I said early on that I’d leave politics largely out of this blog, focusing on nonsense so as to give readers a break from all the partisan battling. But dang it, we’re three weeks away from an election that I seriously think could either put the U.S. back on the track to fiscal and moral responsibility, or to a 21st version of Mussolini’s Italy. A lot of my readers and friends are Republican, and I want those of you to know I’m not slamming YOU. From what I can tell, most of you identify with conservative ideals that were abandoned by the party back in the ’80’s. While the rank and file still want that ideal, the people in charge of the party are all about getting and keeping power, and grabbing all the money they can. I’d forgive them that if they weren’t willing to start wars to ensure their ends, and if they weren’t helmed by the most incompetent chump I’ve ever seen stand in front a flag. I’m tired of intellectuals being demonized (when are they going to start issuing little red books and encouraging “criticism”?) and the environment being ruined. And I better blog all this now before the Patriot Act gets expanded further.


      So what can I do to help? Since I work in speculative fiction and advertising usually, my skills lie in making things entertaining and more enticing. Looking at the Democrats’ ad campaign, my assessment is that it’s too bland and safe. I know that bland and safe are a virtue these days, but I think voters want some excitement in these things, something they can get fired up about. So I’m going to start making web ads that you can grab and use on your site or in your email.


      Now I’ll admit this first one stretches the truth a little, but hey, it’s not like I’m lying about a weapons program and a connection to terrorists to convince the public we should invade a country, so come on. My take here was make Kerry more appealing to young voters.



      Electrical powers = cooler! So that’s my positive, pro-Kerry one today. I’ll balance that out with one that just focuses on the opposition…


When reached for further comment, Parker replied:

      I’m thinking most of those still undecided voters… comics readers. Just like they fear backing a book that will get cancelled, they’re still biding their time, looking for that cool hook to get behind a superhe–uh, candidate. So I’m making web banners to emphasize the qualities that the readership judges by. I’ll admit, I may have exaggerated Kerry’s abilities somewhat, but I feel the Republican ad is very representative. I urge everybody to get involved, as this possibly even more important than the call-in vote in the 80’s to decide if the Jason Todd Robin would live or die.


    Let’s go, America!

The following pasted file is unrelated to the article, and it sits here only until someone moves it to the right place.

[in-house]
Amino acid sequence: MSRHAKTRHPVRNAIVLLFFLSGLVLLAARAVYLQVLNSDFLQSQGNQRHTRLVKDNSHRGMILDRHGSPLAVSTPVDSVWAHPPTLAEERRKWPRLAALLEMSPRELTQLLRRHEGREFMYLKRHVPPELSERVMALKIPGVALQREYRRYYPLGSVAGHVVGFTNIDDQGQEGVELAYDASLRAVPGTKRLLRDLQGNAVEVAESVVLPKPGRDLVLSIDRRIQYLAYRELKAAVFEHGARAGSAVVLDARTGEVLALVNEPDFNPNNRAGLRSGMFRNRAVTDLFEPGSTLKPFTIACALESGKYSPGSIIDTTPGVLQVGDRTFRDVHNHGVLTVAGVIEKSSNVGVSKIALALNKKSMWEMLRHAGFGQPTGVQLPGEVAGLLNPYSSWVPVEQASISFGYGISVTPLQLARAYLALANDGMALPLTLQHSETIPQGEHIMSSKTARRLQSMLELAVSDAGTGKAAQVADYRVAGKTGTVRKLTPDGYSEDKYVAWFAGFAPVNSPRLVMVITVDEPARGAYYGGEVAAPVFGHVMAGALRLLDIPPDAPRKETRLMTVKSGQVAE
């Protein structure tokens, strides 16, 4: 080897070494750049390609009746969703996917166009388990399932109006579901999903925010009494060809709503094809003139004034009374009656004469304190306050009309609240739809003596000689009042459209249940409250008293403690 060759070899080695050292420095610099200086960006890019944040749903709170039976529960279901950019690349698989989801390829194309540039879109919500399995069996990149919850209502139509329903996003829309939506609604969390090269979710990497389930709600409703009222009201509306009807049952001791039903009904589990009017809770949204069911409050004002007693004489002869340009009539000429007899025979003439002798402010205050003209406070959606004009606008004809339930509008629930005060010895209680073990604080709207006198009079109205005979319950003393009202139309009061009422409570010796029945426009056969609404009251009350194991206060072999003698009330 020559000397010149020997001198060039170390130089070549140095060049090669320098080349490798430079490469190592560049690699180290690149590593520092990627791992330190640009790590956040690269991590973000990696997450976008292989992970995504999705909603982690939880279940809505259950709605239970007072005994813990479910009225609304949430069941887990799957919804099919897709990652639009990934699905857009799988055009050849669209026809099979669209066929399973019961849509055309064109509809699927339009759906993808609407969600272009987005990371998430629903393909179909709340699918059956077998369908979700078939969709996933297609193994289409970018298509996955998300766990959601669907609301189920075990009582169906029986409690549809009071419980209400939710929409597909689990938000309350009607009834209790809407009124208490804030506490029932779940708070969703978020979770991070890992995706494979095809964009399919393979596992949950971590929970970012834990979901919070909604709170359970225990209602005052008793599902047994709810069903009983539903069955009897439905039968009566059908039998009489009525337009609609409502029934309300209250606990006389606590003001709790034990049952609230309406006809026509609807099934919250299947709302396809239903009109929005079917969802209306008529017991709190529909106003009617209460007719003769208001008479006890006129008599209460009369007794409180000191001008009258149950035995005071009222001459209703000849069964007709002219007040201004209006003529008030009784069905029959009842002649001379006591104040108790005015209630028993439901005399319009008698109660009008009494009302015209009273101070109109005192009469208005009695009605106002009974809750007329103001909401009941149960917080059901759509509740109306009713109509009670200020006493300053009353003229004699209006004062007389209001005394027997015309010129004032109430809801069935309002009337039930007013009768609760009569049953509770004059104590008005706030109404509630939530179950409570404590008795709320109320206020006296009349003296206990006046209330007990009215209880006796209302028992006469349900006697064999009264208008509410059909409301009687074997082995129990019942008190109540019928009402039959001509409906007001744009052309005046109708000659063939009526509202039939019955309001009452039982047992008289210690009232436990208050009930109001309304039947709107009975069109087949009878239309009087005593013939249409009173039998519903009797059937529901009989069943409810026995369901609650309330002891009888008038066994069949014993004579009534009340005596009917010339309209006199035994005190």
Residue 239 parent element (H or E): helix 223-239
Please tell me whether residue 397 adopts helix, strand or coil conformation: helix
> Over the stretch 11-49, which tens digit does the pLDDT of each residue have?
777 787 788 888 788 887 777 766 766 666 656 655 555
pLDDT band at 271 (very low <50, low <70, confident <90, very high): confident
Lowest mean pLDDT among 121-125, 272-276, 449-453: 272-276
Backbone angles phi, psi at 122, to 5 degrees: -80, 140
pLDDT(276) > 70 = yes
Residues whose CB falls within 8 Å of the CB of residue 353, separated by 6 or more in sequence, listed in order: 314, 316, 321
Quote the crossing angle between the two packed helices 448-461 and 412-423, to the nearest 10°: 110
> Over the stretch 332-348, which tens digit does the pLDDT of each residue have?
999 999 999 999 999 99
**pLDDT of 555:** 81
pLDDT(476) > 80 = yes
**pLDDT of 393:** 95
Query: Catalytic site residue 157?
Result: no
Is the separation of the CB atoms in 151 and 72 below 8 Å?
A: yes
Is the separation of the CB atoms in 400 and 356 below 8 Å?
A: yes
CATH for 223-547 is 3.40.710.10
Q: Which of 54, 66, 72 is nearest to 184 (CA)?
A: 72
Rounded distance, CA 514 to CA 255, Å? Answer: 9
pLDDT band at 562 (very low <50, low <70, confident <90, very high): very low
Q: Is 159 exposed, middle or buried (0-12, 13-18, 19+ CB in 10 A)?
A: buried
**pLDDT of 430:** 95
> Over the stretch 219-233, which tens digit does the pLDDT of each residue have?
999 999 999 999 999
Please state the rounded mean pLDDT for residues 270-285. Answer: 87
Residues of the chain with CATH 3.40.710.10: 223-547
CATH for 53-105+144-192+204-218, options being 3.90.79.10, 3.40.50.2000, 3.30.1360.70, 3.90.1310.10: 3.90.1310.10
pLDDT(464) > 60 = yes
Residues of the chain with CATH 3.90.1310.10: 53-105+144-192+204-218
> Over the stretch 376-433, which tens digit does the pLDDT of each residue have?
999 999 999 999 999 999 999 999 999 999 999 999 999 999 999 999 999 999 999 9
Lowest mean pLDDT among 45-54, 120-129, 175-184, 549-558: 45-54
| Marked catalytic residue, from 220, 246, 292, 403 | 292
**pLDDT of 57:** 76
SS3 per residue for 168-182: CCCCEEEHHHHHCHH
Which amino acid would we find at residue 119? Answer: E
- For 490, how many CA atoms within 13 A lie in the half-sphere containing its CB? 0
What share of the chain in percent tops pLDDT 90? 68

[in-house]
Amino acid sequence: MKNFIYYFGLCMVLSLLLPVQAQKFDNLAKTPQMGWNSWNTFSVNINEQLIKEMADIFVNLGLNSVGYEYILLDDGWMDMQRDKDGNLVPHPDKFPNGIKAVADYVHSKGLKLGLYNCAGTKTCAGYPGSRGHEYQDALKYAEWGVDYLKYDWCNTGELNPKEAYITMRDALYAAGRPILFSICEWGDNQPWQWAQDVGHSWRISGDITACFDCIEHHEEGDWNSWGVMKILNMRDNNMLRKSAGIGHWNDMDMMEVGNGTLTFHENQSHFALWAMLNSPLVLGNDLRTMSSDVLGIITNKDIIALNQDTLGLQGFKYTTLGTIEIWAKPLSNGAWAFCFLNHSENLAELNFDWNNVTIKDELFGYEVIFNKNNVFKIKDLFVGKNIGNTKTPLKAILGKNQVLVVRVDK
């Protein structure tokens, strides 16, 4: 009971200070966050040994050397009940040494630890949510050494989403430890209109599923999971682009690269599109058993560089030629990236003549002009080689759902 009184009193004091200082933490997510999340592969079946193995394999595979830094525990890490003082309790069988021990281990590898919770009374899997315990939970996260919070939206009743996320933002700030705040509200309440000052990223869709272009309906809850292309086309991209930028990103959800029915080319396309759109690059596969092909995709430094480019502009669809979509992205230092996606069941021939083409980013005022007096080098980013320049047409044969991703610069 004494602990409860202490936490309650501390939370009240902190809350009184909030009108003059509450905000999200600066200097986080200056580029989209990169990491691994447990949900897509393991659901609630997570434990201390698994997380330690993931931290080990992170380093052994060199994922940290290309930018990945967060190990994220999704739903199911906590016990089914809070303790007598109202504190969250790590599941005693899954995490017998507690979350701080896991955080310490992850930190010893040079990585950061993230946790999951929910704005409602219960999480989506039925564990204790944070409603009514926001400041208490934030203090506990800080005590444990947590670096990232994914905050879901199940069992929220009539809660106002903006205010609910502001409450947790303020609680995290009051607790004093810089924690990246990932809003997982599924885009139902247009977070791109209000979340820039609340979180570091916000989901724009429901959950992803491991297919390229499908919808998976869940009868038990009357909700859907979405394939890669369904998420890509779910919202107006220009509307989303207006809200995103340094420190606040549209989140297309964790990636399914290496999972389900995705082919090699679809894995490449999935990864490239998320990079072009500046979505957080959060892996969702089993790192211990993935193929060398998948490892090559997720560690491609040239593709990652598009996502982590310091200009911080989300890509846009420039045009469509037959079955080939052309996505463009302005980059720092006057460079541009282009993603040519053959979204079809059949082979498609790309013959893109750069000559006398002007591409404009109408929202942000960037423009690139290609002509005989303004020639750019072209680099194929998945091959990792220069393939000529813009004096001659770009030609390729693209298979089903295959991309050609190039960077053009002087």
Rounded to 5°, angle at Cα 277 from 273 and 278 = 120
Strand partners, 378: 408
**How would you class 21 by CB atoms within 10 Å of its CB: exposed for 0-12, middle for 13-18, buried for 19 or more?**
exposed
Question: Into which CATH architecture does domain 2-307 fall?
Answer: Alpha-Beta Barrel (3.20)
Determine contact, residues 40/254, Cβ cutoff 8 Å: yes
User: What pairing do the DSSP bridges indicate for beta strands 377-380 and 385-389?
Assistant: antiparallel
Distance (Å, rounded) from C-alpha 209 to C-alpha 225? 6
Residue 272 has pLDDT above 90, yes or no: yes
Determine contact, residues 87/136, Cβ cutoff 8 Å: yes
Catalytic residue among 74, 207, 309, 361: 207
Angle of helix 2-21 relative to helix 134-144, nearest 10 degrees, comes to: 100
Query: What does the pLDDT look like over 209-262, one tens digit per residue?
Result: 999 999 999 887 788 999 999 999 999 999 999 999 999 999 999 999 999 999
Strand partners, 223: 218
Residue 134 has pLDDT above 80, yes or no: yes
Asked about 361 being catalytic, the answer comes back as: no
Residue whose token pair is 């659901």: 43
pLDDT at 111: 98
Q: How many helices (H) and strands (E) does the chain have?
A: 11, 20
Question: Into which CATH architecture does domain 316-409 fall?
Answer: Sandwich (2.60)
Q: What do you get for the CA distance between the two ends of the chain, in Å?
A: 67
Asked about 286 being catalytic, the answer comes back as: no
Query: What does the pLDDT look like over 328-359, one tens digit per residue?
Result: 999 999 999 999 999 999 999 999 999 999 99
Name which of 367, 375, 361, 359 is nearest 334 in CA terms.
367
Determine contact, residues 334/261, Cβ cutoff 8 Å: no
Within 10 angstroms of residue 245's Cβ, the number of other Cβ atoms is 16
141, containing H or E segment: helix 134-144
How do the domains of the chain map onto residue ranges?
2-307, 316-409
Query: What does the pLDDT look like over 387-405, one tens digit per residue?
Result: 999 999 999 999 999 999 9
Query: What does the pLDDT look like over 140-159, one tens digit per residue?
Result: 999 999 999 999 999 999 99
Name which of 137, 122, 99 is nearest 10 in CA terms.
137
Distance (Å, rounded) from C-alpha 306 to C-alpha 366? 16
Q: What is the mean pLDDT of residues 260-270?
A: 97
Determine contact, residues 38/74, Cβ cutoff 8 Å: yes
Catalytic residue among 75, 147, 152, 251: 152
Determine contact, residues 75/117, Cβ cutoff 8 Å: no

This Has A ?Smirking Chimp? Factor of Eight Out of Ten

Across the Pond

The UK Comic Convention scene has been in flux as of late. As documented online in the mailing list and in Phil Hall’s Borderline blog, Kev F. Sutherland (the organizer of Comics Festivals in Bristol and London) has pulled out of the event management business. To fill the void, Mike Allwood (the owner of the Area 51 comics shop in Bristol) and Dez Skinn have organized a new Bristol Show, the Comic Expo. Comic Expo I is coming up in about two weeks, Nov 6th and 7th in Bristol. Comic Expo II is scheduled for May 2005, effectively taking the place of Sutherland?s Comic Festival.

However, they may soon receive fierce competition from MCI Exhibitions Ltd. MCI has recently purchased a show called Memorabilia, which is an extremely popular comics, film and sci-fi convention held quarterly at the Birmingham National Exhibition Centre. MCI is said to be planning a new Memorabilia show, which will be the largest comics convention EVER held in the UK. This would be the UK’s version of the San Diego Comic Convention, in terms of size, guests and attendees.

Additionally, MCI may run the new show more than once a year, depending on the response. I?m also told that Birmingham is far more accessible than Bristol or London, which could lead to a greater turnout than any previous UK comic con has ever seen.

This Has A ?Shores of Avalon? Factor of Seven Out of Ten

Les Faux DC

One of our readers in France sent us a message about this website, which is almost an exact copy of DC?s official site. Additionally, the company running the website may be publishing and selling bootleg DC comics without a license. For example, Les Outsiders, a translated version of The Outsiders is available for sale on their website. However, the officially licensed French version of The Outsiders is only available in the Generation DC anthology, which is published by Semic. If this is the bootleg operation it appears to be, it?s a safe bet that DC won?t exactly be pleased when they find out?